Installation boilers in apartment block
Usually when putting a new unit for use in all apartments are mounted so the boilers operating on gas or electricity. The task plumbers will not only be mounted boilers in all apartments, but also a thorough check of their safety and to adapt their work to the accepted standards. The equal time derogation will also be checking the efficiency of the installed boilers and gas leaks associated with their work. Residents should report to the administration failures resulting in their boilers and replace them only on those that are admissible in blocks for security reasons. Building administrator may also instruct mandatory exchange of the boilers, which ceased to function well.
Flexibility of pipes - Wikipedia
Plastic Pipes are classified by their ring stiffness. The preferred stiffness classes as described in several product standards are: SN2, SN4, SN8 and SN16, where SN is Nominal Stiffness (kN/m2). Stiffness of pipes is important if they are to withstand external loadings during installation. The higher the figure, the stiffer the pipe!
After correct installation, pipe deflection remains very limited but it will continue to some extent for a while. In relation to the soil in which it is embedded, the plastic pipe behaves in a 'flexible' way. This means that further deflection in time depends of the settlement of the soil around the pipe.
Basically, the pipe follows the soil movement or settlement of the backfill, as technicians call it. This means that good installation of pipes will result in good soil settlement. Further deflection will remain limited.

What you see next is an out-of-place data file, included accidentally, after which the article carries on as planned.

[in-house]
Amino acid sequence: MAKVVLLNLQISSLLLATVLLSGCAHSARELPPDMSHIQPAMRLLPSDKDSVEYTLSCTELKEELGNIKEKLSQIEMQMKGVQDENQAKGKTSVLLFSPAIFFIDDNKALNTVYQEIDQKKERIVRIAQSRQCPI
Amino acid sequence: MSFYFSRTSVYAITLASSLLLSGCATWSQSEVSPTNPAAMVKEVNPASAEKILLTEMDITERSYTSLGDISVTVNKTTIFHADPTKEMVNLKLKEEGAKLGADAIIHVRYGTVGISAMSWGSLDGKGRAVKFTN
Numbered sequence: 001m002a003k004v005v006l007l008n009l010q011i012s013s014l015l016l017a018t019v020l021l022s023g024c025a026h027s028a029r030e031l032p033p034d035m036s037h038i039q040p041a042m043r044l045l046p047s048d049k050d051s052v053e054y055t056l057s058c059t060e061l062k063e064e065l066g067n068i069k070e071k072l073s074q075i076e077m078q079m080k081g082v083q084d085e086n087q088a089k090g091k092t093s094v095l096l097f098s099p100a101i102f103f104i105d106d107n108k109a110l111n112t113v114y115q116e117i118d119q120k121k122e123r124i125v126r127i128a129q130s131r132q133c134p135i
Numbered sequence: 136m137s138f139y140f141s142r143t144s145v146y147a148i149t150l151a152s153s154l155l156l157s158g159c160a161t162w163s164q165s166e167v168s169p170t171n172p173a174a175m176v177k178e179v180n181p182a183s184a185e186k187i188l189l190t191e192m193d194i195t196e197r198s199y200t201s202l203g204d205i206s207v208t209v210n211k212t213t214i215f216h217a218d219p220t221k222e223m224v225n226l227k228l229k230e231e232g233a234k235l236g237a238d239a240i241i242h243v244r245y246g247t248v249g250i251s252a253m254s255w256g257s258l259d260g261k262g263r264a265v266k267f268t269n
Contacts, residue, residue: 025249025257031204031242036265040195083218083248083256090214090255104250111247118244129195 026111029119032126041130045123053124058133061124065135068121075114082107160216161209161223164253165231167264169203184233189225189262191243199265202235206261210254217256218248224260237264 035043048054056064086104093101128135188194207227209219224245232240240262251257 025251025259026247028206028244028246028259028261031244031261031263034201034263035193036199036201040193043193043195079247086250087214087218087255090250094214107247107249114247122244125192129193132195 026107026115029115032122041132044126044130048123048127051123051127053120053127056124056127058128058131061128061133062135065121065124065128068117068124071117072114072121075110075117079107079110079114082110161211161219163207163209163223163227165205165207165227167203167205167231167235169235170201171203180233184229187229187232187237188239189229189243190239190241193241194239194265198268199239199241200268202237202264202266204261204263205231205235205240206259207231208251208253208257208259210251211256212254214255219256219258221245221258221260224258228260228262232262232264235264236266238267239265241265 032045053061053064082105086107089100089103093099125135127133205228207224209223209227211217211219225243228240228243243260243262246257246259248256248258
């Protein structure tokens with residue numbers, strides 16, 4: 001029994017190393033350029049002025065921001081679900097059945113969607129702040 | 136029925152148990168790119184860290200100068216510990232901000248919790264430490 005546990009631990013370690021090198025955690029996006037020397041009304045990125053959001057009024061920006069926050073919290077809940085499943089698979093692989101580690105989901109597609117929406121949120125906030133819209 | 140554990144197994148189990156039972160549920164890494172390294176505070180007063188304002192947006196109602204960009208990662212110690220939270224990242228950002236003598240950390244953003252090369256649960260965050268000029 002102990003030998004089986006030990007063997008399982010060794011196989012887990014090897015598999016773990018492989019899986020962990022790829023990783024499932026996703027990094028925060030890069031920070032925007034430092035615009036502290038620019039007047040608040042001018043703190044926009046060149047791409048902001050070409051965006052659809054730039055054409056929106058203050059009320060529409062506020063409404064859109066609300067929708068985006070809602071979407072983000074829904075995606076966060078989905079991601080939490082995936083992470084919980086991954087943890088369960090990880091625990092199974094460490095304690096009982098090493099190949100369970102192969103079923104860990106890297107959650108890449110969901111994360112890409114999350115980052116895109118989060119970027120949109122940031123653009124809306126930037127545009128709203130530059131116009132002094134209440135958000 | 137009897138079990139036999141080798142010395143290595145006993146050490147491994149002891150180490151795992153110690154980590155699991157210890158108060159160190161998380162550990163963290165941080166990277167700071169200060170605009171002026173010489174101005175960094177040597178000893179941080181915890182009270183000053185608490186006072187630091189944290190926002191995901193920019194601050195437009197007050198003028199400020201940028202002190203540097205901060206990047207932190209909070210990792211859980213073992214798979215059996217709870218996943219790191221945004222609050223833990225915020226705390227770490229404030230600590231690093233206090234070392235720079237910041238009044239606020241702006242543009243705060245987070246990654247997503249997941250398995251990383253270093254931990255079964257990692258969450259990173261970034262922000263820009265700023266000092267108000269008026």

For flexible pipes, the soil loading is distributed and supported by the surrounding soil. Stresses and strains caused by the deflection of the pipe will occur within the pipe wall. However, the induced stresses will never exceed the allowed limit values.
The thermoplastic behavior of the pipe material is such that the induced stresses are relaxing to a very low level. It has to be noted that induced strains are far below the allowable levels.
This flexible behaviour means that the pipe will not fail. It will exhibit only more deflection while keeping its function without breaking.
However, rigid pipes by their very nature are not flexible and will not follow ground movements. They will bear all the ground loadings, whatever the soil settlement. This means that when a rigid pipe is subject to excessive loading, it will reach the limit for stress values more quickly and break.
It can therefore be concluded that the flexibility of plastic pipes is such that it offers an extra dimension of safety. Buried Pipes need flexibility9
Hot water in central heating
Early hot water systems were used in Russia for central heating of the Summer Palace (1710?1714) of Peter the Great in Saint Petersburg. Slightly later, in 1716, came the first use of water in Sweden to distribute heating in buildings. M?rten Triewald, a Swedish engineer, used this method for a greenhouse at Newcastle upon Tyne. Jean Simon Bonnemain (1743?1830), a French architect, introduced the technique to industry on a cooperative, at ChÃ¢teau du P?cq, near Paris.
However, these scattered attempts were isolated and mainly confined in their application to greenhouses. Tredgold originally dismissed its use as impractical, but changed his mind in 1836, when the technology went into a phase of rapid development.
Early systems had used low pressure water systems, which required very large pipes. One of the first modern hot water central heating systems to remedy this deficiency were installed by Angier March Perkins in London in the 1830s. At that time central heating was coming into fashion in Britain, with steam or hot air systems generally being used.
Perkins' 1832 apparatus distributed water at 200 degrees Celsius (392 Â°F) through small diameter pipes at high pressure. A crucial invention to make the system viable was the thread screwed joint, that allowed the joint between the pipes to bear a similar pressure to the pipe itself. He also separated the boiler from the heat source to reduce the risk of explosion. The first unit was installed in the home of Governor of the Bank of England John Horsley Palmer so that he could grow grapes in England's cold climate.